“Being a Muslim doesn’t make you inferior in the society,” says Nazima. “Dare to dream. Have passion to fulfill that dream. Be persistent in hard work. Don’t be aimless in life.”

Nazima believes that each human being has been born and brought to the world for a purpose. One should realize that purpose and live up to it.

And her message to the Muslim students?

‘Be alive to the purpose of your life.’

Jamia_Millia_ Alumni_directory


Inventing More Efficient Artificial Limbs Through Nanotech

Aligarh: Recent findings of research by an engineering faculty member at the Aligarh Muslim University have indicated that artificial biological fibers made through nanotechnology can play an important role in making more efficient and cheaper artificial limbs for patients at the recently conducted international conference at Goa organized by the Powder Mettallurgy Association of India (PMAI), Akhtar Hussain Ansari of the AMU said zinc oxide nano particles which till now were being synthesized only at 'high temperature' and 'high pressure' conditions can now be synthesized even at 'low temperature' and 'atmospheric condition'. Ansari, who presented his findings at the above conference, said that his findings 'would help in a substantive reduction of cost in the manufacture of nano size zinc oxide particles which will be used not only for making artificial limbs but also for the production of ultra violet radiation protective glasses and other similar items.


From Amroha To Moon

Small-town girl Khushboo Mirza broke stereotypes to reach ISRO

HER FIRST brush with stardom began when she had barely reached her house in Amroha on a night last month, her first visit after the success of Chandrayaan- I. She was confronted by a reporter and his photographer who had been outside the house of the Mirzas to photograph Kushboo for the paper’s edition the next day. That was only to preempt the numerous visits and accolades from well-wishers and invitations for the aeronautical engineer to address and “inspire” students in the town’s schools and colleges.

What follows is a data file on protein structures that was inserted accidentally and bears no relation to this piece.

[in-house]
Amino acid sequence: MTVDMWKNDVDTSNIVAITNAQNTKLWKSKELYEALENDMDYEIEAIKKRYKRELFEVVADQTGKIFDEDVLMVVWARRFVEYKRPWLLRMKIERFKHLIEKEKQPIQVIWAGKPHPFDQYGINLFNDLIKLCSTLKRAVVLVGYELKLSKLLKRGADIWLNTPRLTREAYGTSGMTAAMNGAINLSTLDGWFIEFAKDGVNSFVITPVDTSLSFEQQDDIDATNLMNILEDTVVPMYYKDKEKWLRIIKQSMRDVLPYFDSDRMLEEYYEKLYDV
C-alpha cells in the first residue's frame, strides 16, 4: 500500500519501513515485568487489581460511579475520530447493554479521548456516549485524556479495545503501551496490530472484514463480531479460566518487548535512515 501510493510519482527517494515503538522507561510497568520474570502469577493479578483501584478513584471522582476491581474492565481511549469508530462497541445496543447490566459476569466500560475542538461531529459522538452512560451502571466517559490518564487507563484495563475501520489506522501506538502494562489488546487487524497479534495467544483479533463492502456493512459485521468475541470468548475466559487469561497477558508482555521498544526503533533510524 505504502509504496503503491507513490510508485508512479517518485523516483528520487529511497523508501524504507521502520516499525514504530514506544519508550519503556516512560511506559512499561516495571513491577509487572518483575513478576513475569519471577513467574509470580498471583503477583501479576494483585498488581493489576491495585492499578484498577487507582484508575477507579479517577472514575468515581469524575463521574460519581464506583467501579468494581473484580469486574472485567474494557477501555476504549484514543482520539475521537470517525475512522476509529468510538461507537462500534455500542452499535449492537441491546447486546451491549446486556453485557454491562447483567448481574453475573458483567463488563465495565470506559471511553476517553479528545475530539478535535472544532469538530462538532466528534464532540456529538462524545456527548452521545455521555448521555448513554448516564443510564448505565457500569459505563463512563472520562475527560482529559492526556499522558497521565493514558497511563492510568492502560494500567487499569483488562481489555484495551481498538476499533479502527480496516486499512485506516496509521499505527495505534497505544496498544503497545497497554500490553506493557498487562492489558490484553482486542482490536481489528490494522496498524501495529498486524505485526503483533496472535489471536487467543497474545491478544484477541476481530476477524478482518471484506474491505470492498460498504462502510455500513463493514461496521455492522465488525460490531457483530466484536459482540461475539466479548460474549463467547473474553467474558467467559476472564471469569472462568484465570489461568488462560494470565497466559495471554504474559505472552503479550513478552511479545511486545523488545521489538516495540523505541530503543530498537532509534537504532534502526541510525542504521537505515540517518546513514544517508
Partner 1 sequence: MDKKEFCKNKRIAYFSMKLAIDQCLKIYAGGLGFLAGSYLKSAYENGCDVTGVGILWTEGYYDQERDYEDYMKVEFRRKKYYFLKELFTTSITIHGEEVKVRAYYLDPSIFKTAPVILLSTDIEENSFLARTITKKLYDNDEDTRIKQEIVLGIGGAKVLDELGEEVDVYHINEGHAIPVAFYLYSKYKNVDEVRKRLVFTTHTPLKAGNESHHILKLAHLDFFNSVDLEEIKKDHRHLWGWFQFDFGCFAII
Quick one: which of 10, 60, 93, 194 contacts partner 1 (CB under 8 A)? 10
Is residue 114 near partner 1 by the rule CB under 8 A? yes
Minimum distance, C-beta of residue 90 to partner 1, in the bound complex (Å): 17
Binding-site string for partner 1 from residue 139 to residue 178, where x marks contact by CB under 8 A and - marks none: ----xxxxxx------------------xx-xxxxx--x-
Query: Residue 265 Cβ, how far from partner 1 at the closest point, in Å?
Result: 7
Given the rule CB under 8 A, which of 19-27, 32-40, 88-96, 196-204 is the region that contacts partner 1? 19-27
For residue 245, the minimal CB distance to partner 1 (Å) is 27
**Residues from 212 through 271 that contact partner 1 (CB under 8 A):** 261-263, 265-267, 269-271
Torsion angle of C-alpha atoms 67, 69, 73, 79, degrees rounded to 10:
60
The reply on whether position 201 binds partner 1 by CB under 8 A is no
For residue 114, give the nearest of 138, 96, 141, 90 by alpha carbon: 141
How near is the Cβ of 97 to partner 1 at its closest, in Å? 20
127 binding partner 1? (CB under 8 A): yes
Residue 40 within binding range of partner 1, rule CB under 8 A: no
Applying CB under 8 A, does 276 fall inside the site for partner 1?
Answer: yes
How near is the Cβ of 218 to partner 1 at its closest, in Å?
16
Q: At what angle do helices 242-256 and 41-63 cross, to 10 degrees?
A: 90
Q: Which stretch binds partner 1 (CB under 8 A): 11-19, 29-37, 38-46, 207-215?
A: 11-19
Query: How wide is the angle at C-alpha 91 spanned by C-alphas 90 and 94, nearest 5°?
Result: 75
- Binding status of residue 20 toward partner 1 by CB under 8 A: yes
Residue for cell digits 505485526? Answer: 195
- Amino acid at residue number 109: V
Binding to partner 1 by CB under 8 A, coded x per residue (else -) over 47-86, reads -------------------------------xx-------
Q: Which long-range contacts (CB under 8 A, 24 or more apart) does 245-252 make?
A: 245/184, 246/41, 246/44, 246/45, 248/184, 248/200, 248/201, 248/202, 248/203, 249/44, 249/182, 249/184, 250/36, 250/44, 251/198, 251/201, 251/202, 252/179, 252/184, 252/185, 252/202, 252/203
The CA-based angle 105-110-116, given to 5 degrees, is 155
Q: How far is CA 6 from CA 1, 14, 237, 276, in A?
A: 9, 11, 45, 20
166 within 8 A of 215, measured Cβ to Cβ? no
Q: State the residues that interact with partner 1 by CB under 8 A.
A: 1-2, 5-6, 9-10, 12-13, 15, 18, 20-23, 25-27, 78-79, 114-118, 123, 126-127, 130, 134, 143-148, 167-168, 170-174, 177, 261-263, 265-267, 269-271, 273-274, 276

Asked why she thinks the floodgates of commemoration and recognition have opened, she says, “I am a Muslim girl from a small town and yet I have contributed to Indian science.” She is quick to clarify that education and religion are independent of each other. “Times haves changed and the attitude of people towards Muslim girls also needs to change. Our families do educate us,” she says. At 23, Khushboo is proud of the fact that unlike other women her age, she chose a modest government job over a lucrative one for a foreign software firm. The need she perceived, of contributing to research in pure sciences in the country, has led the way. Chandrayaan- 1 is the result of many such individual compromises.         ...READ FULL NEWS


Sameena Shah Wins Google India Engineering Award

New Delhi: Sameena Shah has won the 2009 Google India Women in Engineering Award. Google India selected 9 top students for the 22 finalists this year. Full time student in a recognized institution and pursuing Computer Science, Computer Engineering, or related majors were eligible for this award.                                         ...READ FULL NEWS